**Pivots & Collars**

In ships, steam and water turbines etc. by the very nature of mechanism of forces developed in them, their shafts are subjected to axial force, which is known as axial thrust. This naturally, produces axial motion of the shafts. In order to prevent it and preserve the shaft in correct axial position, they are provided with one or more bearing surfaces at right angle to the axis of shaft. A bearing surface provided at the end of a shaft is known as a pivot and that provided at any place along with the length of the shaft with bearing surface of the revolution is known as collar. Pivots are of two forms: flat and conical. The bearing surface provided at the foot of a vertical shaft is called footstep bearing.

Due to the axial thrust conveyed to the bearings by the rotating shaft, rubbing takes place between the contacting surfaces. This produces friction as well as wearing of the bearing.

Thus work is lost in overcoming the friction, which is ultimately to be determined under this article. Obviously the rate of wearing depends upon the intensity of thrust and elative velocity of rotation.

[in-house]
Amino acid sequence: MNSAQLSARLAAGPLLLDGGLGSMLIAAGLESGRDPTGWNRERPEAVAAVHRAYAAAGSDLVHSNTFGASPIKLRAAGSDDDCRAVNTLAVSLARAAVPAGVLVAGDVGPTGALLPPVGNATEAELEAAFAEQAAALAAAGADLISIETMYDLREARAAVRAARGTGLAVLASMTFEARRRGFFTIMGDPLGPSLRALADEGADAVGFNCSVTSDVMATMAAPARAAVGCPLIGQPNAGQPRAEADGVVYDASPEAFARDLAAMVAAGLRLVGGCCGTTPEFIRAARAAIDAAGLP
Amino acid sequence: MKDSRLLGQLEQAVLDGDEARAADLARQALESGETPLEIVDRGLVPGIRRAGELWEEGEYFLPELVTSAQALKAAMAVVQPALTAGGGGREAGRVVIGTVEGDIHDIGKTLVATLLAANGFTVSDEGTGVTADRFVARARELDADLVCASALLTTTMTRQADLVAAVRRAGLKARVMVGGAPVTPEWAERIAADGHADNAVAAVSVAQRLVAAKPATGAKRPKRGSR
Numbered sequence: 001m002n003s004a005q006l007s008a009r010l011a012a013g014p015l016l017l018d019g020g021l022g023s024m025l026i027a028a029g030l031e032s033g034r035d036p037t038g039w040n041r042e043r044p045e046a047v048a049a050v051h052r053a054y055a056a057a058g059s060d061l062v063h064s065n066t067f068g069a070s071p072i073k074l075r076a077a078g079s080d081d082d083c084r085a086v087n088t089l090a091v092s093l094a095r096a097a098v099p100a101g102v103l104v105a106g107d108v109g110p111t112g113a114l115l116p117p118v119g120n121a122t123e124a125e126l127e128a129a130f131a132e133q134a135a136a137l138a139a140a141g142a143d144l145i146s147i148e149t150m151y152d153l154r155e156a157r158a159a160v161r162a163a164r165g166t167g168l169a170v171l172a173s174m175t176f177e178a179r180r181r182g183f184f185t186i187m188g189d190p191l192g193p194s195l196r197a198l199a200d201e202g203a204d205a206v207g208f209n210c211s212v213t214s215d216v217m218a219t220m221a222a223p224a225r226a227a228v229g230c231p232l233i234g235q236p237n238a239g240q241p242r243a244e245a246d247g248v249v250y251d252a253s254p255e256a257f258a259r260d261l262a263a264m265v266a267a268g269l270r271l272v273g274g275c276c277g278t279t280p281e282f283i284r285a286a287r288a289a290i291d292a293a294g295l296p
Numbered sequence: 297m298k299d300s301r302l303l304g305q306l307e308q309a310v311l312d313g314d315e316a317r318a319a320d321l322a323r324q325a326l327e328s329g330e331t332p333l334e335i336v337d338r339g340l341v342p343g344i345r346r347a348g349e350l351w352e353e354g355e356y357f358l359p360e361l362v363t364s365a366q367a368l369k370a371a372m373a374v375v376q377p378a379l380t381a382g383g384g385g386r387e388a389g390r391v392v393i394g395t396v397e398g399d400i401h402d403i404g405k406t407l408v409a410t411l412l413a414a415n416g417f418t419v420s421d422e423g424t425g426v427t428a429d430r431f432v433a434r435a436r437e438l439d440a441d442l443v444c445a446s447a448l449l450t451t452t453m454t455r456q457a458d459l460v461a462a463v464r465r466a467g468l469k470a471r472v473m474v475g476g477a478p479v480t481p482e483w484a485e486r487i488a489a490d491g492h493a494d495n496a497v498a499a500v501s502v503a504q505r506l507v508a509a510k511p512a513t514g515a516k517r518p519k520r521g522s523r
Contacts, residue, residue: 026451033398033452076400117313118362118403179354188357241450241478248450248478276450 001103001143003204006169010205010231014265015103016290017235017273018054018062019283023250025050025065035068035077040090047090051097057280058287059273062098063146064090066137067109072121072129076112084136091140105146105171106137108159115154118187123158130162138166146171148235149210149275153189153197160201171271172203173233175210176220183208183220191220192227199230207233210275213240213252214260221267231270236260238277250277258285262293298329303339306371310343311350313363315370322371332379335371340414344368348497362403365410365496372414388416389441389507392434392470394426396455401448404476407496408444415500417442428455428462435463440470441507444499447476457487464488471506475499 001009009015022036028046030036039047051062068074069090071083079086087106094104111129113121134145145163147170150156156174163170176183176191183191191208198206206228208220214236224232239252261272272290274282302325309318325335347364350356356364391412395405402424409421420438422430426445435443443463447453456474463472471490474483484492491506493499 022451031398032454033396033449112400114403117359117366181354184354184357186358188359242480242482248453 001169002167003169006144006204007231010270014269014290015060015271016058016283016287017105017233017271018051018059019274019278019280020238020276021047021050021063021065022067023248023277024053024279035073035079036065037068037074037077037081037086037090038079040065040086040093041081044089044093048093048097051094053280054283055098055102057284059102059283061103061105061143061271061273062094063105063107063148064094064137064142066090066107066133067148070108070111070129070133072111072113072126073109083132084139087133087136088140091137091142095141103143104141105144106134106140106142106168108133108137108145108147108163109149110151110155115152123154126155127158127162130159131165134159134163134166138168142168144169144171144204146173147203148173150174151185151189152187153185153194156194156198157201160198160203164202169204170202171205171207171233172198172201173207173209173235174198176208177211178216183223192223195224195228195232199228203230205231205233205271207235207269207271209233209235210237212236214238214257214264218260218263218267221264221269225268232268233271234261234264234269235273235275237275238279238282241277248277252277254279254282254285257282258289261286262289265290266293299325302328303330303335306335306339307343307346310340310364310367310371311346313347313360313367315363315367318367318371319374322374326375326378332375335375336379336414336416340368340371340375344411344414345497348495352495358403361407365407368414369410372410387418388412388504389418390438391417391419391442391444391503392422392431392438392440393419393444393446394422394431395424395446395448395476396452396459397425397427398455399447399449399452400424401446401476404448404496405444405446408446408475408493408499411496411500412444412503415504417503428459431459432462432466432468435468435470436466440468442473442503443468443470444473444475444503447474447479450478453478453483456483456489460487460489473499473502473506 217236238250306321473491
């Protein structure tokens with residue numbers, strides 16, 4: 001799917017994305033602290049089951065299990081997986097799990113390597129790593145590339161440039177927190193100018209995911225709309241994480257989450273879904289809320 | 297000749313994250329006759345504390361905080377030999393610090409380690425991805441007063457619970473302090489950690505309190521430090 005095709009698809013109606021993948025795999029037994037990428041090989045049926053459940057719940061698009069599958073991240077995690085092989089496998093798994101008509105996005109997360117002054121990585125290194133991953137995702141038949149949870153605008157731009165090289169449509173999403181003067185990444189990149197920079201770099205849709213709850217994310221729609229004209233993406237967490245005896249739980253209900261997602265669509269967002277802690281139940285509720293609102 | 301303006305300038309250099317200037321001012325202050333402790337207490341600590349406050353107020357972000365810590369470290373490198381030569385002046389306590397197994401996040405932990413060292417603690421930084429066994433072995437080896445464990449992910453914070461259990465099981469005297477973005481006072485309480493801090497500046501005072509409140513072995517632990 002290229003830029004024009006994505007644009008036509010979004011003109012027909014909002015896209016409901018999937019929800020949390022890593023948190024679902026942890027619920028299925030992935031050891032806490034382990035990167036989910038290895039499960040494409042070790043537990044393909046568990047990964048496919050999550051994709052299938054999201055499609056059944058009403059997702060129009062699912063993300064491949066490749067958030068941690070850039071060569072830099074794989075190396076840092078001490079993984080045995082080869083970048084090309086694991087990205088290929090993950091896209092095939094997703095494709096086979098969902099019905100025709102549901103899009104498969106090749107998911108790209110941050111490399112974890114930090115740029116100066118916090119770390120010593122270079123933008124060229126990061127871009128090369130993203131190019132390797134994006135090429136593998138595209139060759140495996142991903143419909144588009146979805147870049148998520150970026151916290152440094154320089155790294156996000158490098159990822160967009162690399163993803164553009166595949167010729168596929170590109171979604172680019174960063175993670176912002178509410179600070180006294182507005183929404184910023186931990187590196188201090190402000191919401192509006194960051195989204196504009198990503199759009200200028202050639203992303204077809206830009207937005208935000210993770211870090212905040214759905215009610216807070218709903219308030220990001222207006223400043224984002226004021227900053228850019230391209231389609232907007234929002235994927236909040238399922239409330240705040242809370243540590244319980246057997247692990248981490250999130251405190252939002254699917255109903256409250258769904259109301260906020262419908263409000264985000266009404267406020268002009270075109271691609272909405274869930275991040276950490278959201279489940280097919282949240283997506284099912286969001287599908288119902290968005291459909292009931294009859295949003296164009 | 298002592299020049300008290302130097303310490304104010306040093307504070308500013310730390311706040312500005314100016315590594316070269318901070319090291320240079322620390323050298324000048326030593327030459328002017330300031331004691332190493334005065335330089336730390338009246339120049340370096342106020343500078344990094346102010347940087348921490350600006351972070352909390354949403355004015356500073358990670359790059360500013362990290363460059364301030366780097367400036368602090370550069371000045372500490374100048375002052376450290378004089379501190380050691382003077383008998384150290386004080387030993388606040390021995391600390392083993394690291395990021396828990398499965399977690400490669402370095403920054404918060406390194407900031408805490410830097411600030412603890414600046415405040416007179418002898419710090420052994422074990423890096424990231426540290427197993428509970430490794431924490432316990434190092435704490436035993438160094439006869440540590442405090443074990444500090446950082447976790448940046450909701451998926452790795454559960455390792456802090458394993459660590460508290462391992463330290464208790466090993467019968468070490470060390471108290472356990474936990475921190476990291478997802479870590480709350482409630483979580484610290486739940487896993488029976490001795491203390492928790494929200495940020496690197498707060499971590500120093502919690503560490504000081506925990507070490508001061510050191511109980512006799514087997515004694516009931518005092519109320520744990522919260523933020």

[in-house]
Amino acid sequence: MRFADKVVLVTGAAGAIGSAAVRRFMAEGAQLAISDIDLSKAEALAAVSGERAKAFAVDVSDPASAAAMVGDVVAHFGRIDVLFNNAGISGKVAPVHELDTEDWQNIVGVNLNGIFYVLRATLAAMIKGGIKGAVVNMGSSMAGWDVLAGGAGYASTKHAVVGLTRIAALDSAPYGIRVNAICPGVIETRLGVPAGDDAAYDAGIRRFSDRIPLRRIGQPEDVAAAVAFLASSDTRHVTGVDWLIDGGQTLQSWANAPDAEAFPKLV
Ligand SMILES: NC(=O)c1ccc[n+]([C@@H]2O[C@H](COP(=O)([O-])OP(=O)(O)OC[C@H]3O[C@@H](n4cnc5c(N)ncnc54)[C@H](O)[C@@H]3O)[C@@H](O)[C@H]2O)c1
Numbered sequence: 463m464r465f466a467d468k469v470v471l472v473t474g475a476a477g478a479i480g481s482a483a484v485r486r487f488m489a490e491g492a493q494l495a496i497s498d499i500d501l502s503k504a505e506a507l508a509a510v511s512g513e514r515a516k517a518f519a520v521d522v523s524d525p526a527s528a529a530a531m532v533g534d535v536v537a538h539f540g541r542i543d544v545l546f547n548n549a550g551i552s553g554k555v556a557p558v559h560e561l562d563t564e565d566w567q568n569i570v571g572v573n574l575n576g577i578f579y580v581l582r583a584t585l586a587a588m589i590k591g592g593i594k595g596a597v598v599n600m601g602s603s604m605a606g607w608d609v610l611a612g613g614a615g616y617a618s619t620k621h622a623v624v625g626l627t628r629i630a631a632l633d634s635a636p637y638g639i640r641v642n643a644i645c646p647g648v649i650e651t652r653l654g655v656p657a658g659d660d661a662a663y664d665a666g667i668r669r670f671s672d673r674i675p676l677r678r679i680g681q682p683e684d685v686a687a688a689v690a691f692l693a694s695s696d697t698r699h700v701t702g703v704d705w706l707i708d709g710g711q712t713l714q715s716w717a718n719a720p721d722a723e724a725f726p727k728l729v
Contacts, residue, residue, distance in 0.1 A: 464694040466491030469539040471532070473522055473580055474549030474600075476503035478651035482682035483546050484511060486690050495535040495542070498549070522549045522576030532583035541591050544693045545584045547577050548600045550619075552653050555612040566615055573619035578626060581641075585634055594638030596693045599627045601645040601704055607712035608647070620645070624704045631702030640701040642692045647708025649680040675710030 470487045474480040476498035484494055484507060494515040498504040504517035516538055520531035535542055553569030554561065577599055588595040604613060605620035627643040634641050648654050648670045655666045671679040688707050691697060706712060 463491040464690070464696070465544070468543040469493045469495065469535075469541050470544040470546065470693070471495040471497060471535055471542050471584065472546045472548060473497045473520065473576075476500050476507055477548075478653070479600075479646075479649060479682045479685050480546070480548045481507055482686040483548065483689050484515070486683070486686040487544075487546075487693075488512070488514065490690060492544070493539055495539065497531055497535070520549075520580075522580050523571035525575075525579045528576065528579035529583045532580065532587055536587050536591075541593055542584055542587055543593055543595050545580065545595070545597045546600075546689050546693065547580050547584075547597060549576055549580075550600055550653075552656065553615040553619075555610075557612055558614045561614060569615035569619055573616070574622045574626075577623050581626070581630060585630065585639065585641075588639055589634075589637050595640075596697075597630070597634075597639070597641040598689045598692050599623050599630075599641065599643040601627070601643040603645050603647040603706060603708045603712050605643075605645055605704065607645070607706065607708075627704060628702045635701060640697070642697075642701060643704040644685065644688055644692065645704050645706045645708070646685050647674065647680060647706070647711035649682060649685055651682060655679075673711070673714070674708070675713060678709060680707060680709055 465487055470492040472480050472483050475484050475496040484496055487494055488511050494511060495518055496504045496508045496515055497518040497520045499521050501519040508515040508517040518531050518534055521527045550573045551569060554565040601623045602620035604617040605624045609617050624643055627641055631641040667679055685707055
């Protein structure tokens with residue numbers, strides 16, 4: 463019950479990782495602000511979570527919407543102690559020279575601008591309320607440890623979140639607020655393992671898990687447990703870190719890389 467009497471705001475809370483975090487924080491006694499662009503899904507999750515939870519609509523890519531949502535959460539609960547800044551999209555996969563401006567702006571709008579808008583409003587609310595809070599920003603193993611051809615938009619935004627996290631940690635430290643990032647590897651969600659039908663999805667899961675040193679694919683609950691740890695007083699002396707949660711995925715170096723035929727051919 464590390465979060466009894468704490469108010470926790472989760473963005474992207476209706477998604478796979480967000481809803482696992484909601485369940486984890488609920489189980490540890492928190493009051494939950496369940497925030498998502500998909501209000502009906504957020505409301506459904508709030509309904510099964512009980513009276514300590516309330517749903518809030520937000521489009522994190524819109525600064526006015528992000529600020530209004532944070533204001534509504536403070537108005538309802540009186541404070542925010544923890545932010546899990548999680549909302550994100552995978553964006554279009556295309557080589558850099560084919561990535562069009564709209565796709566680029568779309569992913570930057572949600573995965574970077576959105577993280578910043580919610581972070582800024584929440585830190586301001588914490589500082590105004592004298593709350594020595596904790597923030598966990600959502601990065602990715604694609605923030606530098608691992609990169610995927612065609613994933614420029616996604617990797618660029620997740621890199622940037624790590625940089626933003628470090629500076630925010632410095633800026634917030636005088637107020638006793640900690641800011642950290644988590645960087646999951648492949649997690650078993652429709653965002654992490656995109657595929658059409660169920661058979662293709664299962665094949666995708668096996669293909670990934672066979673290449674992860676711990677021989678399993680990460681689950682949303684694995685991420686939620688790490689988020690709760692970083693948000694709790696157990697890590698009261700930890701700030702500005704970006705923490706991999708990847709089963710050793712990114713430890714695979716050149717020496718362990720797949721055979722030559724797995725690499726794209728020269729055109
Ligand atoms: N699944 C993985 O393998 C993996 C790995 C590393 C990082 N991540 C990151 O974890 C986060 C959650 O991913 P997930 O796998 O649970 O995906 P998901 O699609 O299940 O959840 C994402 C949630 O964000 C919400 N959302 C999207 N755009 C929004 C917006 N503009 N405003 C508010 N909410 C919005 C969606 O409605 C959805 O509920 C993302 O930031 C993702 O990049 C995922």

\rate of wear µ p x r

Now there could be two assumptions on which we can proceed further:

Firstly, the intensity of pressure is uniform over the bearing surface. This assumption only holds good with newly fitted bearings where fit between the two contacting surface is assumed to be perfect. As the shaft has run for sometime the pressure distribution will not remain in uniform due to varying wear at different radii.

Secondly, the rate of wear is uniform. The rate of wear is proportional to p x r as we have

already discussed which means that the pressure will go on increasing radially inward and at the center where r=0, the pressure must be infinite which is not true. Hence this assumption too, has fallacies and anomalies. However, the assumption of wear gives better practical results. The various types of bearings mentioned above will be dealt which separately for each assumption.

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